Five Tips for Managers of Newly Dispersed Teams

Are you a manager accustomed to Management by Walking Around and Listening (MBWAL)? You can use MBWAL with collocated teams. MBWAL doesn't work for distributed or dispersed teams.

Remember, working remote is Not Business as Usual. (And won't be for a while.)

And, you might still have this question: “If no one's in the office, how will I know what they're doing?” You might be surprised—you didn't know what they did when you were all in the office.

In my experience, if you don't offer people autonomy for their work, they will game the system. You might have been under the illusion you knew what they did. You knew part of what people did—not all of it.

You have an opportunity to work differently as a manager. If you haven't tried this before, you might feel nervous and not ready to cope with these changes. I do recommend you start by asking for help.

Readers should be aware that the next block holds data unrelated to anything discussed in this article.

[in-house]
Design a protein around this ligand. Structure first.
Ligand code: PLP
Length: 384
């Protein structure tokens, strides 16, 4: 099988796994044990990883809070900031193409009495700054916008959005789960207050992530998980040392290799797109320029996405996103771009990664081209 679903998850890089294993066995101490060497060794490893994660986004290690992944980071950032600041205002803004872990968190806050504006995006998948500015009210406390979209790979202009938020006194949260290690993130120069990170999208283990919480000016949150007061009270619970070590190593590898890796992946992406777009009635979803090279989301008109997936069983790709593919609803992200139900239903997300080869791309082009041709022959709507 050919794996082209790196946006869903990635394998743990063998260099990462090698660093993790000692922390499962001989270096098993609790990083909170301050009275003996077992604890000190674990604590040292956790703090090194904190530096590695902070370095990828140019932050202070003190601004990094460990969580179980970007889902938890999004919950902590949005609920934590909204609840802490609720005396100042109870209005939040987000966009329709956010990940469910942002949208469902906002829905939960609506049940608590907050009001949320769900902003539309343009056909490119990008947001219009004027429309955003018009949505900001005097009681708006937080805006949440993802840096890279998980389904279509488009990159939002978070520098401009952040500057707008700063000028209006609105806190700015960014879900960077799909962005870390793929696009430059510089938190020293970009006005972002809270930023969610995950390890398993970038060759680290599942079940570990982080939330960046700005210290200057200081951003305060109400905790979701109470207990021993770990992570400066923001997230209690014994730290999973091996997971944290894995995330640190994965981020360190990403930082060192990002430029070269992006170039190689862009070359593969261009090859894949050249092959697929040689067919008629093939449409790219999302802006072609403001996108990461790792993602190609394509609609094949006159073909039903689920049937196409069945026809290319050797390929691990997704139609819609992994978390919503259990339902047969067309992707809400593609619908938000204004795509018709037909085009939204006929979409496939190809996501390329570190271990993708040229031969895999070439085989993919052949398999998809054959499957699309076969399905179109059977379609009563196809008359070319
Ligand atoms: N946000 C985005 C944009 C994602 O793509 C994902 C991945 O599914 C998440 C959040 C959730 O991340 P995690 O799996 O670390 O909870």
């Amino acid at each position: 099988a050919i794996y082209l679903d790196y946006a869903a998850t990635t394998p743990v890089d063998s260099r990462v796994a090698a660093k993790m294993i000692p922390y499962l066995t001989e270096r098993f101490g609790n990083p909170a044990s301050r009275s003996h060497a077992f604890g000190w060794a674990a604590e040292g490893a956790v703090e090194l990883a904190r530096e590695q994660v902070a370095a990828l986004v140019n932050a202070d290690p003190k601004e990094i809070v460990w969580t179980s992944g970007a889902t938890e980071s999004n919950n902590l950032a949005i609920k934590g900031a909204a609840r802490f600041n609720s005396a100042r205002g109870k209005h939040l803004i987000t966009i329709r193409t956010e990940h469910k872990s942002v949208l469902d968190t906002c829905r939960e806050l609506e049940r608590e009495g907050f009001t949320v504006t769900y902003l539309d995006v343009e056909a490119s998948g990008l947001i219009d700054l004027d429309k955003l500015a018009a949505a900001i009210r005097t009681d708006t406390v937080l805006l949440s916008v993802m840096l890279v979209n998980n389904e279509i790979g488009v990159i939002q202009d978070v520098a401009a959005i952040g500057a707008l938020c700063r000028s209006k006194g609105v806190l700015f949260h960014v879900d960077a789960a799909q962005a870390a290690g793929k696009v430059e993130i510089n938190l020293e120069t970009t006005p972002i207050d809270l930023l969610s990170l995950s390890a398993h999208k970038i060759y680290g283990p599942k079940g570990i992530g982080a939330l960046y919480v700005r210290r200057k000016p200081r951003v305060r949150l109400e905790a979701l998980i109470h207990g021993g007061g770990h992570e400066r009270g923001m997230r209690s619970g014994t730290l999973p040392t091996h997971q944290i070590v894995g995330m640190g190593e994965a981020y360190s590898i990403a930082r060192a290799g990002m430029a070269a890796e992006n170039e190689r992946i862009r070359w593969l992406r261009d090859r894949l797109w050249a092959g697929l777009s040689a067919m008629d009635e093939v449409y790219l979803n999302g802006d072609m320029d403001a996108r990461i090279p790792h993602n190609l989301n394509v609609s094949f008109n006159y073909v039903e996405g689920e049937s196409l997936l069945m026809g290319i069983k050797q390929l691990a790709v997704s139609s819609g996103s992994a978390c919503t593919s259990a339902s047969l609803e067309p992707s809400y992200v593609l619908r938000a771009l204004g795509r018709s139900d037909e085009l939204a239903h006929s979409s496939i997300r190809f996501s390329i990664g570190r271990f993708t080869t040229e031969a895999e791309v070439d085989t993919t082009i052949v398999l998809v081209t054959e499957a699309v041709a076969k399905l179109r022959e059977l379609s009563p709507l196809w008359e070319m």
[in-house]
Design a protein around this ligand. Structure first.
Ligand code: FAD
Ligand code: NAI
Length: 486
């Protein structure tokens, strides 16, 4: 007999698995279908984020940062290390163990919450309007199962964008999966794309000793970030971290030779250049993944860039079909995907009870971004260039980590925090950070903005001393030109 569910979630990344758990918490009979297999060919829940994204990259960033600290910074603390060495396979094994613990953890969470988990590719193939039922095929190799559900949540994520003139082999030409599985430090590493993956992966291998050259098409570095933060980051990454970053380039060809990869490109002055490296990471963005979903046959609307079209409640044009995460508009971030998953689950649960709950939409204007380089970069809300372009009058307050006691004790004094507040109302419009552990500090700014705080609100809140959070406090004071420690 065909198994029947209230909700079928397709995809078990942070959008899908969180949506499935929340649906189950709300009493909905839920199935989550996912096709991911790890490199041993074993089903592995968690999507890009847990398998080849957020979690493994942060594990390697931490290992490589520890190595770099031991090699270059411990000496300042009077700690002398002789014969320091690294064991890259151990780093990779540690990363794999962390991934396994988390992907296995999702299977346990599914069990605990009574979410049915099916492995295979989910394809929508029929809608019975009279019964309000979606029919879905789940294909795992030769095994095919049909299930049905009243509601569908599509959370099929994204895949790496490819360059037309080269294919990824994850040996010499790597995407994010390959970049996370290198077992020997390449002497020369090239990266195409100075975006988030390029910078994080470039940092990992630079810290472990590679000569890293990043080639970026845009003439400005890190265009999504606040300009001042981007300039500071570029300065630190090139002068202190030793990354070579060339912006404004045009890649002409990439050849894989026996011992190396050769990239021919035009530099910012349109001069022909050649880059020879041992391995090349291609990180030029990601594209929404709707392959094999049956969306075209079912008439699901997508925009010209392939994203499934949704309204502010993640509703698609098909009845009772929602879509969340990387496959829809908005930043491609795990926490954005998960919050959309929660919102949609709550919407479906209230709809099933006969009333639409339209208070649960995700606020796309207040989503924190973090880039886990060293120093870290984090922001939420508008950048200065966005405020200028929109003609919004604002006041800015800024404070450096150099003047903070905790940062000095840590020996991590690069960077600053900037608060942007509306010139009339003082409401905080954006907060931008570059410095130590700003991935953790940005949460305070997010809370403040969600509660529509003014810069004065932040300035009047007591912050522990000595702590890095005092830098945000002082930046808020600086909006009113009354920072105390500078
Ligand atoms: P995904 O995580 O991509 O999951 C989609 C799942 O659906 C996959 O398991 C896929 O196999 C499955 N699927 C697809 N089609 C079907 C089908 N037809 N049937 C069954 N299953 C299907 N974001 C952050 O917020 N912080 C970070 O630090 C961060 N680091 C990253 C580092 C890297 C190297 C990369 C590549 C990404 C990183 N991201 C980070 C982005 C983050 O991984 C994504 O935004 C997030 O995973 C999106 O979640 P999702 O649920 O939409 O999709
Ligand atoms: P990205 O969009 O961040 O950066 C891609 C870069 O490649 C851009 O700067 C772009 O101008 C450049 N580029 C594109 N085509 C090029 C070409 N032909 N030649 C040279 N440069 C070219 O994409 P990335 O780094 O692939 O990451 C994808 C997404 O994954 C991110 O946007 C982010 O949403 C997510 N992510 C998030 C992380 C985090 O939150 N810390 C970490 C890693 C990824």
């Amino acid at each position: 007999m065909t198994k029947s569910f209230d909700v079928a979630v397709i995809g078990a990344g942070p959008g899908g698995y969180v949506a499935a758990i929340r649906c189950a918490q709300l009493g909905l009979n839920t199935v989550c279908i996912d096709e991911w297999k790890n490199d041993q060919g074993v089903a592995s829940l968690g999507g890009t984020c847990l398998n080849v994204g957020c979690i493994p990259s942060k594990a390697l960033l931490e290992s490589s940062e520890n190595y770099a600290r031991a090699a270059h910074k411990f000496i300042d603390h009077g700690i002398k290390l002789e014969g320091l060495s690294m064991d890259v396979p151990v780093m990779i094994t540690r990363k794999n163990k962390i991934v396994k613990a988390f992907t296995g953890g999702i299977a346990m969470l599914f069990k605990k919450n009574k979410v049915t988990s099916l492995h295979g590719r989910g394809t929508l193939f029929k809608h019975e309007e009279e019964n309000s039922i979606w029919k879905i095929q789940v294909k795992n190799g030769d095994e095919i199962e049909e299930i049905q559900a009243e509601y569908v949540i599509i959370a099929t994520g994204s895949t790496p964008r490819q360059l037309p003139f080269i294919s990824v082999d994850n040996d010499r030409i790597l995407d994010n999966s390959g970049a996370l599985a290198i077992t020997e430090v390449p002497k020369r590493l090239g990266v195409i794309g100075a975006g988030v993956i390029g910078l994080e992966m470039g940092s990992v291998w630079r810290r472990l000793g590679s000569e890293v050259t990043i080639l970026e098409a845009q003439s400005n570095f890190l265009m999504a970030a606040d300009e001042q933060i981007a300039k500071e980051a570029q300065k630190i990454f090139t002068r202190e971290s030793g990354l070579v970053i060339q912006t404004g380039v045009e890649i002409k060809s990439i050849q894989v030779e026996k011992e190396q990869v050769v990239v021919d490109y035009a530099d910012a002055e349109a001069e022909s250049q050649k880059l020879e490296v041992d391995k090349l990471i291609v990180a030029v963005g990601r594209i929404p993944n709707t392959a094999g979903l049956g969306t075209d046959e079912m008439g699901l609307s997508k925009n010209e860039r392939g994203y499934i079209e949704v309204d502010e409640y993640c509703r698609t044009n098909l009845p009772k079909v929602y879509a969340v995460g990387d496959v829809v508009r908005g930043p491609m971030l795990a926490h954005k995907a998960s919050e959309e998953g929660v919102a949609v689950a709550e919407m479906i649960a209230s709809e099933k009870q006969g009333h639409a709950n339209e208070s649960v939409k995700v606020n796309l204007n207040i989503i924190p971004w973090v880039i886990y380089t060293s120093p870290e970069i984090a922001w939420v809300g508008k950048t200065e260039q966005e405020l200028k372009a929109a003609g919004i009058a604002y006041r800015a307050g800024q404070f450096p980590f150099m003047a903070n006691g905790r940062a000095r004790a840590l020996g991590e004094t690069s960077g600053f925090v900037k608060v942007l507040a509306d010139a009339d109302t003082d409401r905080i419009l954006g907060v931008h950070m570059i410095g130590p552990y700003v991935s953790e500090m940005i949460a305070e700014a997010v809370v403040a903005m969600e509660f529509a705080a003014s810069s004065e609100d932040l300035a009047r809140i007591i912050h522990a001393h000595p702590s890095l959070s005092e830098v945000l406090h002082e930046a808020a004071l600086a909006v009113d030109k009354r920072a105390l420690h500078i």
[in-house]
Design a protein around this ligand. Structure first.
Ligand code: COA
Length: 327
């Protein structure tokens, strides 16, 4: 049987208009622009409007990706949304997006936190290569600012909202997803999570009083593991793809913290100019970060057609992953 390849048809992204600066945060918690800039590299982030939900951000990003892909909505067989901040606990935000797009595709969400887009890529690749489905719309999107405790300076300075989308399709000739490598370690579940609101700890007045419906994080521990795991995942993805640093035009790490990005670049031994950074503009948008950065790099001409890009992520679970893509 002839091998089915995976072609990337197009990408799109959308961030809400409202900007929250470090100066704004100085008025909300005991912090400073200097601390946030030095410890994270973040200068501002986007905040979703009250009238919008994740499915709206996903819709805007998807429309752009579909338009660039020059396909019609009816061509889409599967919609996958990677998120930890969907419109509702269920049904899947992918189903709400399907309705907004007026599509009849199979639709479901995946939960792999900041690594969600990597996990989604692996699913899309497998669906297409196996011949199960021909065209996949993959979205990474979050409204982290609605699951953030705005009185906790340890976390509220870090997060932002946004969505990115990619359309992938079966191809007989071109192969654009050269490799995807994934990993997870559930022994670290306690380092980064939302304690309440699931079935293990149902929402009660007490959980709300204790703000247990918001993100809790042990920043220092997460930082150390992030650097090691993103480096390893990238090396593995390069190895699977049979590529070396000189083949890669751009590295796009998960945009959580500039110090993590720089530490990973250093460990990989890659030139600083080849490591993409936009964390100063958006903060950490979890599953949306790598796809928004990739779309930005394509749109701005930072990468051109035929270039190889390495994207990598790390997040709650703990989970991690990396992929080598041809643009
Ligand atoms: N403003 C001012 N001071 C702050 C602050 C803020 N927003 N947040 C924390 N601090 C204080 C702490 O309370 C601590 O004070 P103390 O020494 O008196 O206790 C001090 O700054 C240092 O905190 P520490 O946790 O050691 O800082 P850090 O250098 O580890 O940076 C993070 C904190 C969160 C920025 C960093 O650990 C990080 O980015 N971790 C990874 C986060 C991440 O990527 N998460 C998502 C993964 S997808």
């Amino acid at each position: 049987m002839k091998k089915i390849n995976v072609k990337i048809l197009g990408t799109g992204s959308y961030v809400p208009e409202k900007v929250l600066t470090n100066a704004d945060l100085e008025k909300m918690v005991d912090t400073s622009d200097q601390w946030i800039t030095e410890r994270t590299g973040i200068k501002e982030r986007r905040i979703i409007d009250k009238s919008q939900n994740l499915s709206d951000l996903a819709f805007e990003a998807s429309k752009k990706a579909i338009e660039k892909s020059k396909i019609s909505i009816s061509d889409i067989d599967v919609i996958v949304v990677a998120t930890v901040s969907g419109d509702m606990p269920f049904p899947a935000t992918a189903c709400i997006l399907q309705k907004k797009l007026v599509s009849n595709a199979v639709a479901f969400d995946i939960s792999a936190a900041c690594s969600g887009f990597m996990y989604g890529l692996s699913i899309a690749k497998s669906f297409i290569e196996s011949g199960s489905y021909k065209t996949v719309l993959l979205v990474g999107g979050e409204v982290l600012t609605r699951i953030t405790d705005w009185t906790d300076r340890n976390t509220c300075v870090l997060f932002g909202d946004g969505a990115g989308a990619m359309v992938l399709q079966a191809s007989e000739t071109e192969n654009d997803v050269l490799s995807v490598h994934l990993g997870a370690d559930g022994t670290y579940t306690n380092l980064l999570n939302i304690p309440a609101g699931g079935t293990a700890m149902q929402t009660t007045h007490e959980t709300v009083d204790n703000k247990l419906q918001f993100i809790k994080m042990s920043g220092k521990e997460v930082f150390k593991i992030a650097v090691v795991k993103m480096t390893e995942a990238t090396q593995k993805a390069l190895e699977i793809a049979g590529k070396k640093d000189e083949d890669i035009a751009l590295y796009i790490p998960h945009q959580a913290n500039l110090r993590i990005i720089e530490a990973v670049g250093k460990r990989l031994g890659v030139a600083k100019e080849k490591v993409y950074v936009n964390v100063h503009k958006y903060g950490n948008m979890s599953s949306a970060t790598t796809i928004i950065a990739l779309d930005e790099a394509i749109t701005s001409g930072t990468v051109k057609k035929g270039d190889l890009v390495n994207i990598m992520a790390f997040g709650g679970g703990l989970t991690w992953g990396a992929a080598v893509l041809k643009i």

Consider asking for help with each of these:

  • Focus on team collaboration
  • Visible progress
  • Reduce the team's WIP (Work in Progress)
  • Substitute video for MBWAL

The fifth tip is about not micromanaging from afar. You might need help with that, too.

Let's start with team collaboration.

Tip 1: Support Team-Based Work, Not Individual Work

You might think that dispersed/remote work is all individual. Nope. If you're creating products of any kind—especially software products—you've got a team sport.

Successful software product development is about how well the team learns together. The better the team learns together, the better the product is. If you want faster releases, teams that work together can deliver faster. (See the Flow Efficiency series.) And, if you want to make small changes fast, the team will need to consider its technical excellence. (See Product Orientation Requires Technical Excellence).

As a manager, you can ask teams to collaborate. When teams collaborate and focus on creating running tested features that work, the teams make real and fast progress.

And, you can ask the people if anything prevents their collaboration. You might be able to fix those problems.

Tip 2: Make All Progress Visible